Over the past two years, the Japanese bookstore chain Books Kinokuniya has been working to expand its selection of comics beyond Japanese manga and anime, adding a wide range of European and American graphic novels. Continuing these efforts, Books Kinokuniya is now collaborating with several publishers to offer fans variant covers for a select group of graphic novels in English, to be sold exclusively at Kinokuniya stores around the world.
Over the next five months, Kinokuniya will offer trade paperback editions of four non-Japanese graphic novels with new cover art in limited runs. These will be sold in its stores in the U.S., the Middle East, and Asia. Variant covers are a marketing and promotional strategy often used in traditional American comics periodical publishing—some U.S. comic books have multiple covers for the same issue—although the tactic is seldom used for the book format.
Terence Irvins, the graphic novel buyer at Kinokuniya’s New York City store, who is overseeing the program, said variant covers can work just as well for the book format. “It’s unusual to do it for books, but variant covers are very popular with fans. We’ve actually done it for prose books; we did it for a couple of Murakami titles. But this is the first time we’ve done it with graphic novels.” For the forthcoming variant covers, Irvins said Kinokuniya approached the publishers about creating new cover art.
The books include the SF thriller Golem by LRNZ (Italian comics artist Lorenzo Ceccotti), published in the U.S. by Magnetic Press; Tokyo Ghost by Rick Remember and Sean Murphy, a sci-fi crime adventure series (published by Image Comics in the U.S.); a hardcover edition of the pop-culture-driven mythological fantasy The Wicked + the Divine, Vol. 1, by Kieron Gillen and Jamie McKelvie (Image); and Monstress by Marjorie Liu and Sana Takeda (Image), a paranormal alternative history set in early-20th-century Asia. The first variant covers should appear in March (Golem and Tokyo Ghost), followed by The Wicked + the Divine in April and Monstress in July. The variant covers will all display the Kinokuniya logo.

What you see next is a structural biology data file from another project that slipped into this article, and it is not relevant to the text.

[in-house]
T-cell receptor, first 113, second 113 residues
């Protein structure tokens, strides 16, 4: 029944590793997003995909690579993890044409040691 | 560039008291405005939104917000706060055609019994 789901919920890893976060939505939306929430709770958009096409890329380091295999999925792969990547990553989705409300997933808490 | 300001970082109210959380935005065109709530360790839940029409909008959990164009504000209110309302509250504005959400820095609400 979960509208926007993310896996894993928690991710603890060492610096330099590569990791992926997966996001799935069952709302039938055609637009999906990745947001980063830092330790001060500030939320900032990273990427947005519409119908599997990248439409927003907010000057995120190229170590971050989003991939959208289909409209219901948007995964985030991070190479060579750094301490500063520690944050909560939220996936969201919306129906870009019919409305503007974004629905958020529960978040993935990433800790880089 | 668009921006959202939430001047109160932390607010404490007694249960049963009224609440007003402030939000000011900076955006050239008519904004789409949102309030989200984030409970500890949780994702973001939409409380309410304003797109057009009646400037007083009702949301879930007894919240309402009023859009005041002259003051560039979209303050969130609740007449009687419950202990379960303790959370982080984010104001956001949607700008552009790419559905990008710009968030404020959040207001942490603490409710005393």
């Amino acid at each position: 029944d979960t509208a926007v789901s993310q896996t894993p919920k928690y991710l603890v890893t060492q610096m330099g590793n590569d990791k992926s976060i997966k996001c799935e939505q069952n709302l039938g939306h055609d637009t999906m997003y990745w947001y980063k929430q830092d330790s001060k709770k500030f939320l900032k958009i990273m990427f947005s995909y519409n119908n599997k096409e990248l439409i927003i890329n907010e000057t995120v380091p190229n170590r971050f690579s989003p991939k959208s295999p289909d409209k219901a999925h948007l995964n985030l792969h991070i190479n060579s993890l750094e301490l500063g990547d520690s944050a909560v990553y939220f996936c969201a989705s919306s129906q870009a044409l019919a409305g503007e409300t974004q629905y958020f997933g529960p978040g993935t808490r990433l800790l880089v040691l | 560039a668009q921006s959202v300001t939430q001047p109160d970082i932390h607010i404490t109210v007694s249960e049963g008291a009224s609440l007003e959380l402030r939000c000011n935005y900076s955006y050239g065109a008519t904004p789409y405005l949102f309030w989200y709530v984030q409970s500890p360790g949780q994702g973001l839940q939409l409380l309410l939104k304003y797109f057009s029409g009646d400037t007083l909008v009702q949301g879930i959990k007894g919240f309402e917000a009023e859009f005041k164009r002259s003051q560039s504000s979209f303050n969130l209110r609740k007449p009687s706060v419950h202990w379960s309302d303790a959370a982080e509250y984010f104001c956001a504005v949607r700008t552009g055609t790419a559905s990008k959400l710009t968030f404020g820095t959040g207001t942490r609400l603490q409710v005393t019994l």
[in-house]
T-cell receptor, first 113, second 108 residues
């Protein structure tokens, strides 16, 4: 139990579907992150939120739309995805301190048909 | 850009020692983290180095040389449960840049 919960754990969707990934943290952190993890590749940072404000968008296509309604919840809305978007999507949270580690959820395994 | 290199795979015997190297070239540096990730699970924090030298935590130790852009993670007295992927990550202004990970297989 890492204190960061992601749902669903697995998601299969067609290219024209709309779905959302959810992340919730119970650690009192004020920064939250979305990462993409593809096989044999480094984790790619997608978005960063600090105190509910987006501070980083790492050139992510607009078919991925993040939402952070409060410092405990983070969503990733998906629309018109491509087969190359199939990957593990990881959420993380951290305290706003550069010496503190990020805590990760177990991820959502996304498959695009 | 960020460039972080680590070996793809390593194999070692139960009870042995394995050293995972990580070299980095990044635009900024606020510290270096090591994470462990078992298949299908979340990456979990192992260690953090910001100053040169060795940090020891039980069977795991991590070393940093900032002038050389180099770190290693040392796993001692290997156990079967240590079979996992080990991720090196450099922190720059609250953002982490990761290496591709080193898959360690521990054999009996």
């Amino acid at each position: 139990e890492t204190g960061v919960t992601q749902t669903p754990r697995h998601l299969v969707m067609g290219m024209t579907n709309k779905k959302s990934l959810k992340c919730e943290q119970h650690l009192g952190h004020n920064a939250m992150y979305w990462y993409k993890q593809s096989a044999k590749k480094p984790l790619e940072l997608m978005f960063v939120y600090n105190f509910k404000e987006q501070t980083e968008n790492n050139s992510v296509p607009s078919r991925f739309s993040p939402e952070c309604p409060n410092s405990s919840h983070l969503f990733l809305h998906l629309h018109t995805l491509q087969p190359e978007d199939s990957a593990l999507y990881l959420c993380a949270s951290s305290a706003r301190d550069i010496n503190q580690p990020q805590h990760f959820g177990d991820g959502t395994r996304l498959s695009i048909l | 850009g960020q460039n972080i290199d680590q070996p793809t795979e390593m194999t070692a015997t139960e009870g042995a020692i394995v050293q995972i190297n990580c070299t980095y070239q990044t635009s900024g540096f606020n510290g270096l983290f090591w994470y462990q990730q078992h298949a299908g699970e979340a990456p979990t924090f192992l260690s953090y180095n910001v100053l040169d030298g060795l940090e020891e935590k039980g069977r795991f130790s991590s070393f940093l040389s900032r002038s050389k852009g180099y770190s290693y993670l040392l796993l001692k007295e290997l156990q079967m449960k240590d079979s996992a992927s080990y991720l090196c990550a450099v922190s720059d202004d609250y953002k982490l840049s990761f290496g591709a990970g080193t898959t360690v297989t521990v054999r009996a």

Kinokuniya has more than 60 stores in Japan, 10 in the U.S., and about 17 in its Asia territories (outside of Japan), which include Dubai, Australia, Malaysia, Singapore, Thailand, and Taiwan.
Irvins said he has a mandate to expand the chain’s graphic novel selection and the use of variant covers is an extension of how the bookstore chain selects, displays, and sells graphic novels in its physical stores. He described Kinokuniya’s approach as an act of “curation,” explaining that he selects titles to reach a wide range of readership. “Fans want a bigger selection of [comics] titles” than is generally found in American comics shops, he said.
Irvins emphasized that “Kinokuniya is entrenched in Western graphic novels, not just manga and anime.” And since the summer of 2014, the Japanese bookstore chain has added a wide range of non-Japanese graphic novel titles from such publishers as Image, Magnetic Press, Boom, and Valiant, as well as superhero titles from Marvel and DC, and European works from such houses as Humanoids, Titan, Soaring Penguin Press, Alaxis Press, 2000AD, Glenat, and Mediatoons.
“We’ve doubled the scale and size of our selection and shelves for graphic novels, children’s graphic novels, and art books and sketchbooks, and we plan to expand even further,” Irvins said, emphasizing Kinokuniya’s focus on book-format comics. Kinokuniya’s New York store offers a deep backlist of all kinds of graphic novels, with extensive face-out displays, a table devoted to Image Comics, and a wide inventory of related pop culture merchandise and regularly scheduled in-store comics events and signings.
Irvin said publishers are eager to work with Kinokuniya on variant covers because of the success the chain has had “reaching new readers.” He added, “We’ve built a customer base that’s interested in both manga and U.S. graphic novels. We’ve brought together both kinds of readers.”
“We embrace the culture of comics. We want to show off our boutique presentation and display of comics,” Irvins said. “We’re trying to be proactive to get people to read comics.”
Correction: An earlier version of this story gave an inaccurate number of variant covers for Murakami prose works, as well as giving an incorrect number of Kinokuniya stores. Also Kinokuniya approached publishers about creating new covers, not the artists, and the chain added more than French graphic novels to its selection.